Image for post
Image for post
The Sun

Not self presents us with a dilemma. Before you start on the Buddhist path, you likely never thought of yourself as being anyone but who you are.

Then these pesky Buddhist teachers start to tell you that your self is a misrecognition, and one that does more harm than good in the bargain. As your meditation practice develops, you begin to notice the luminous emptiness of infinite consciousness, which is appealingly vast, beautiful, and peaceful.

So what do you do with your sense of self? Ajahn Sumedho says we should die before we die. What he means is that we can allow our daily, limited self that we start out with to die before our physical bodies expire. …


Image for post
Image for post
The Sun

Okay, I did it. I just couldn’t resist. I created BuddhaPAC. The web site is here. Please give if you are so inclined.

The prevailing theme is peace, but with the recognition that, as the old saying goes, no justice, no peace. Know justice, know peace. From a Buddhist perspective, peace is the goal, but also a necessary precondition. Highly accomplished meditators can meditate pretty much anywhere, but anyone will require a substantial amount of practice to get to that point, and the practice pretty much has to start in a location that is already pretty peaceful.

A lot of issues that we think of as “political” have an impact on people’s access to peaceful places where they can work on their meditation practices. Also, Buddhism is very egalitarian. The Buddha was very clear that all humans are already enlightened and have the capacity to awaken as he did. Buddhists see no basis for excluding anyone who wants to participate. …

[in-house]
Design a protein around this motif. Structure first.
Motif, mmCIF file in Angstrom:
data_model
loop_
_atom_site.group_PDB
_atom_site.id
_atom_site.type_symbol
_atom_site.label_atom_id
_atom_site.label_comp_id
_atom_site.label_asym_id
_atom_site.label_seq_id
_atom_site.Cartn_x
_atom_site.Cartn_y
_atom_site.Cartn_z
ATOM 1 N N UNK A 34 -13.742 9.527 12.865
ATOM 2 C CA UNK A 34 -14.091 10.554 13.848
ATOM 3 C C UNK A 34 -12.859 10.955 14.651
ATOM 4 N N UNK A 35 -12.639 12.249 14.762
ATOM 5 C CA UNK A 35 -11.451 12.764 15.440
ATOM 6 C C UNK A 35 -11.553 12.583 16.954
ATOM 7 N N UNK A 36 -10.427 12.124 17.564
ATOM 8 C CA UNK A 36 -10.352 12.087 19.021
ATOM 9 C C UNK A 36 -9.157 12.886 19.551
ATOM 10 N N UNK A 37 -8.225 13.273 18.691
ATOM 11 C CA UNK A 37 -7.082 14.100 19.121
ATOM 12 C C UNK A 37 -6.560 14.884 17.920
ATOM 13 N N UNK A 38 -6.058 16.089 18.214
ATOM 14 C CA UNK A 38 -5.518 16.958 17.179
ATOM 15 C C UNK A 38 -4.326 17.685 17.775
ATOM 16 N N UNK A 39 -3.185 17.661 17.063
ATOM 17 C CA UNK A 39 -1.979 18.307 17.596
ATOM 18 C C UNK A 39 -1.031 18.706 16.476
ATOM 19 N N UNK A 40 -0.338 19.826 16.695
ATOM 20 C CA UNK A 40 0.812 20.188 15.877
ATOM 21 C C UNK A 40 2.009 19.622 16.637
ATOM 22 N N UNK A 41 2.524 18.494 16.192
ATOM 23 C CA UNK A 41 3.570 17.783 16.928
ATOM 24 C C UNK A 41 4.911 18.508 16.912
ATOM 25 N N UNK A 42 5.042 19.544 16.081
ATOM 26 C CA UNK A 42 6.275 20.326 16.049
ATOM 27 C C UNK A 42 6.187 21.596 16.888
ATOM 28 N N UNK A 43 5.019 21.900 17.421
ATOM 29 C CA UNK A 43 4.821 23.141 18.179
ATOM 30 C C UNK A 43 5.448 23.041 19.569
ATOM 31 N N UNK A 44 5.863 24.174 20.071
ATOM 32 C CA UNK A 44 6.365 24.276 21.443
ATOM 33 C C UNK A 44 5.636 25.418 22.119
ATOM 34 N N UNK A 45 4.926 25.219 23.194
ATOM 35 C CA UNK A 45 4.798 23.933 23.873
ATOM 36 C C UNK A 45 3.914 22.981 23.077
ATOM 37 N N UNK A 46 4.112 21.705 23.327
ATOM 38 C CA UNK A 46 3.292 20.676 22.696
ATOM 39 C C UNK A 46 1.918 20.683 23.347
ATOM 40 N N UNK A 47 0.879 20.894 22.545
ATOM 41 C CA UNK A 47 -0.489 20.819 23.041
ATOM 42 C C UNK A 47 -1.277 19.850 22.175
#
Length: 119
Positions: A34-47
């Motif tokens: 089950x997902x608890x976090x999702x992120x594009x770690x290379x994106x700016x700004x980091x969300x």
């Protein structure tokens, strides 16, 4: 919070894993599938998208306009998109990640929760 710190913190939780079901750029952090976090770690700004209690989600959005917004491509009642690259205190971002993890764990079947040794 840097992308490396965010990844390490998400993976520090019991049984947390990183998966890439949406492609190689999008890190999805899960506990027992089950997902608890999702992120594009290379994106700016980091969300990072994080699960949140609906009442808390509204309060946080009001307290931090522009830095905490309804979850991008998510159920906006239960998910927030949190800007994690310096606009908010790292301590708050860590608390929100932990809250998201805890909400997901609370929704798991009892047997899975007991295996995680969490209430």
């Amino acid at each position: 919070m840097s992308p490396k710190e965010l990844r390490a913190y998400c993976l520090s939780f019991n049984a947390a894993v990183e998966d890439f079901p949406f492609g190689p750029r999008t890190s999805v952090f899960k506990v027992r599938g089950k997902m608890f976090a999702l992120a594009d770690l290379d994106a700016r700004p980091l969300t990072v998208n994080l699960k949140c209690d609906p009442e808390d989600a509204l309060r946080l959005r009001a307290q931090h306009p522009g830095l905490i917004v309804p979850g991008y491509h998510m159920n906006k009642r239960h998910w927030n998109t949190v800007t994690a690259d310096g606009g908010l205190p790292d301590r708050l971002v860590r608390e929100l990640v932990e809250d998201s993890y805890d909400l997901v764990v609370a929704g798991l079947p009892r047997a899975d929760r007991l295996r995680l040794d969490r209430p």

Image for post
Image for post
The Sun

Our problem is that we are always trying to become someone/something else. In Buddhist terms, we have a zeal for becoming. We won’t stop and realize that we are already enlightened.

Paradoxically, if we feel we are not making our way down the Buddhist path as quickly as we would like, that is likely because we are clinging to our sense of ourselves as selves. Awakening includes the realization that we were never separate selves to begin with. This is a fundamental misrecognition on our part, that we need to recognize as such and let go of. …


Image for post
Image for post
The Sun

In his iconic hit song from the early 1970s, “Space Odddity,” David Bowie paints a picture of alarm on earth: “Ground control to Major Tom, your circuit’s dead, there’s something wrong/ Can you hear me, Major Tom, can you hear me, Major Tom,” contrasted with a certain resigned equanimity on the part of Major Tom himself: “Planet earth is blue, and there’s nothing I can do….”

It is perhaps not too much of an exaggeration to suggest that Major Tom achieved full awakening in his “tin can” as he floated helplessly in space. Indeed, he went the Buddha one better. Recalling that the historical Buddha, being a human long before the space age, died and his body decomposed as bodies will do on earth, while his consciousness, maybe, dissipated into space, such that he became light, our putatively enlightened Major Tom not only dissipated into light in his consciousness, but his body is now floating around in space, too, or it was for however long his tin can lasted, after which, we do not know what would happen to a human corpse left floating in space. …


Image for post
Image for post
The Sun

Following the logic of “the Buddha,” it is a mistake to focus on the person of the historical Buddha, or any other person, and that for multiple reasons.

What we should focus on is consciousness. Full stop, end of discussion. We have discussed how concepts can be useful, but they are ultimately a distraction. Even “consciousness” is a concept. We cannot meaningfully offer any predicate about “consciousness,” even a name, without distracting from the direct experience of it.